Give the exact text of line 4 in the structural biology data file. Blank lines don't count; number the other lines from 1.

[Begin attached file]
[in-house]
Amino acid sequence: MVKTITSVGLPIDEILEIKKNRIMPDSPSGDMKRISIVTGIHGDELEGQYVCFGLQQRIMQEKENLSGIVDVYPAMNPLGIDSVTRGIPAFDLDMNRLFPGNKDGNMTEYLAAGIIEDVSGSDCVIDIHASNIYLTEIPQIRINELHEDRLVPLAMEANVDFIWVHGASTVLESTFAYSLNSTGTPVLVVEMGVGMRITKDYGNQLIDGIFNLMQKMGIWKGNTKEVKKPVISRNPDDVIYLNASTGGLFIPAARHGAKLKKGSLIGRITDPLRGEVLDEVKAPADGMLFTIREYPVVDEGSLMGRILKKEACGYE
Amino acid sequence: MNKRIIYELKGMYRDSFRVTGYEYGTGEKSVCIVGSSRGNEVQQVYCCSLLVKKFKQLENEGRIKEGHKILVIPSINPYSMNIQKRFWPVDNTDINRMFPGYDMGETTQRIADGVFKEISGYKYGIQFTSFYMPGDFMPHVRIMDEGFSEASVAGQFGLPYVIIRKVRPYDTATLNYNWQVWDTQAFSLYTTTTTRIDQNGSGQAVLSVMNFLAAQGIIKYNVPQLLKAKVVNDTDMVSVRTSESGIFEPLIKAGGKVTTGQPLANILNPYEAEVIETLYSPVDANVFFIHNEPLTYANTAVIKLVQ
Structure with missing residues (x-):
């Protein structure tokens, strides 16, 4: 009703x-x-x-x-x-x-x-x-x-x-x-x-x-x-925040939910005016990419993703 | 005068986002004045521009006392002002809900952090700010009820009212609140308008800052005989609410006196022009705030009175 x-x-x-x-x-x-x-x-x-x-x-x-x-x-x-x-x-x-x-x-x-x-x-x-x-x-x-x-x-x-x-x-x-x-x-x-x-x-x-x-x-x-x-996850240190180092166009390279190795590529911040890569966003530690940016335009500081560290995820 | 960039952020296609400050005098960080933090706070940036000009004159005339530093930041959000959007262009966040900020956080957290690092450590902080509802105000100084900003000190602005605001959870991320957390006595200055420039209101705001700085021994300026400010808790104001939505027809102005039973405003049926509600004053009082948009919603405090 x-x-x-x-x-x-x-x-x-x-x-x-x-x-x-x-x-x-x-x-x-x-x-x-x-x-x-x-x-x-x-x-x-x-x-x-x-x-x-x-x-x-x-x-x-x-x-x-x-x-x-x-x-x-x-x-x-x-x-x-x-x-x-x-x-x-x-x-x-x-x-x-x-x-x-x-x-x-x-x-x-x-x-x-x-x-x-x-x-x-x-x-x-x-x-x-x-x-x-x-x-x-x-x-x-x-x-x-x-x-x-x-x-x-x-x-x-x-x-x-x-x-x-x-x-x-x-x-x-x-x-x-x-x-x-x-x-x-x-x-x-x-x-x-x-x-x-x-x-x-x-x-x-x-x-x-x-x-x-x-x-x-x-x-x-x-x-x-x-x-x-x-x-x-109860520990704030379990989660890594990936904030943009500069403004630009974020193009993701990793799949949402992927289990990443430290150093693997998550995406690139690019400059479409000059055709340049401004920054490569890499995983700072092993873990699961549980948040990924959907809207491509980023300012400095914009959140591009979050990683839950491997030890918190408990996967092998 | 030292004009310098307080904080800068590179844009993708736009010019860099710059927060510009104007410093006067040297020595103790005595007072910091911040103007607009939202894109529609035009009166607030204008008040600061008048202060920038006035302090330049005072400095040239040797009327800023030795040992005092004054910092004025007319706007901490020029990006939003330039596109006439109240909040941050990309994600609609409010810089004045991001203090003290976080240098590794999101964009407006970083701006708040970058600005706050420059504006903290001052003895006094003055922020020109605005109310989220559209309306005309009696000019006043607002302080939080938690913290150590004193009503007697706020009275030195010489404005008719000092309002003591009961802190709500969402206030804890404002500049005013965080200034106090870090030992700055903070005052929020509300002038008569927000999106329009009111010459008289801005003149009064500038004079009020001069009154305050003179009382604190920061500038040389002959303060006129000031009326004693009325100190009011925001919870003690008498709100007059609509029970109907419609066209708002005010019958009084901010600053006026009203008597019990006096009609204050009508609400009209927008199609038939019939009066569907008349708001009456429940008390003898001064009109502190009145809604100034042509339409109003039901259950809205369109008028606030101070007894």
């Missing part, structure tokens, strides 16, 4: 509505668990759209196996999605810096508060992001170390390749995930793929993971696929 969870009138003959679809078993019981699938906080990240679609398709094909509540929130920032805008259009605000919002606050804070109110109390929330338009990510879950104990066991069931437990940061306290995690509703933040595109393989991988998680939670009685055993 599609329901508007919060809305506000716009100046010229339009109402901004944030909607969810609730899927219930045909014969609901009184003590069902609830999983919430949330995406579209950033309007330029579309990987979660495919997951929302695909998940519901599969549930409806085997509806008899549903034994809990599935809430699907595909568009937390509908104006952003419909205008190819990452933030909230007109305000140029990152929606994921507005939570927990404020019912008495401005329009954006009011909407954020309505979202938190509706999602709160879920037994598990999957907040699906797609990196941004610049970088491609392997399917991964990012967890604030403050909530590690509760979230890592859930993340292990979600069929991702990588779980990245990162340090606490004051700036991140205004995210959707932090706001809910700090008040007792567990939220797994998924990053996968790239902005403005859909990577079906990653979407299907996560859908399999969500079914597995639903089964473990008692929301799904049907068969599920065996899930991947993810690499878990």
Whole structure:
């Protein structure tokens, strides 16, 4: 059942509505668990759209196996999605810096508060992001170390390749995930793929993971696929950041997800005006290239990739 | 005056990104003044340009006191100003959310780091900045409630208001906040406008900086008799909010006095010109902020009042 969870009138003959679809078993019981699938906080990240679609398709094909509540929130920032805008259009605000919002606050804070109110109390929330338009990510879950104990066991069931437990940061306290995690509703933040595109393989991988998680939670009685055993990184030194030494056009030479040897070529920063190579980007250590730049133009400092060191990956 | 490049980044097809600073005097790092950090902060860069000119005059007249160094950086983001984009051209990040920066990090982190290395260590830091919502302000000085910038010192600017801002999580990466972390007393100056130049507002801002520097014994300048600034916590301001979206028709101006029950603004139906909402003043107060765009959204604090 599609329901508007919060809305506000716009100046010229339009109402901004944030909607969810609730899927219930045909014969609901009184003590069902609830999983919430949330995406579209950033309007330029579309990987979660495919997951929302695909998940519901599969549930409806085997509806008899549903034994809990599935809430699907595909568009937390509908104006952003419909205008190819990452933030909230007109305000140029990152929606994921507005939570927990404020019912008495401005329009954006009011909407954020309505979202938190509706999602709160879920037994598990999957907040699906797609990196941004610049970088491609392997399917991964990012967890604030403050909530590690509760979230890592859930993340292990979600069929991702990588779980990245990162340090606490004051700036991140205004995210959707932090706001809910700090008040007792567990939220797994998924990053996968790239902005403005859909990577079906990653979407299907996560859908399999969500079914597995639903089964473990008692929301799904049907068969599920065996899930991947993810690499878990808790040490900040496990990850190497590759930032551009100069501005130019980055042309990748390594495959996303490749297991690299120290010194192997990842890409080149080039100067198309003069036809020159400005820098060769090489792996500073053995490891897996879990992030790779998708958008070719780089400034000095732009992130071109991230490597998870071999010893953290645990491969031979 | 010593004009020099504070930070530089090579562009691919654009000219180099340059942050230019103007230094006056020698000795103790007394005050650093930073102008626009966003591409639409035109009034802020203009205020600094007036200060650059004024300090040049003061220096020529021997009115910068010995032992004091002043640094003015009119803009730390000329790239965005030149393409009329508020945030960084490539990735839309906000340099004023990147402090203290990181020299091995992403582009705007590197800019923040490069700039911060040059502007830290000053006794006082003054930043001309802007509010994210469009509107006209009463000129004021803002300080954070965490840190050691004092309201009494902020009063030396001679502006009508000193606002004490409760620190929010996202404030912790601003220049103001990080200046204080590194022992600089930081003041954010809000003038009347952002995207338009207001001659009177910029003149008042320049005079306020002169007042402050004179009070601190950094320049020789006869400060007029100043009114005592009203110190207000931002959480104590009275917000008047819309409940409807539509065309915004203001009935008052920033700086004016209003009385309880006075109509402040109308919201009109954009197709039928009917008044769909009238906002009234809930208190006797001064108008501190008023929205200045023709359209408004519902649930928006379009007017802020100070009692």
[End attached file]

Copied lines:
Structure with missing residues (x-):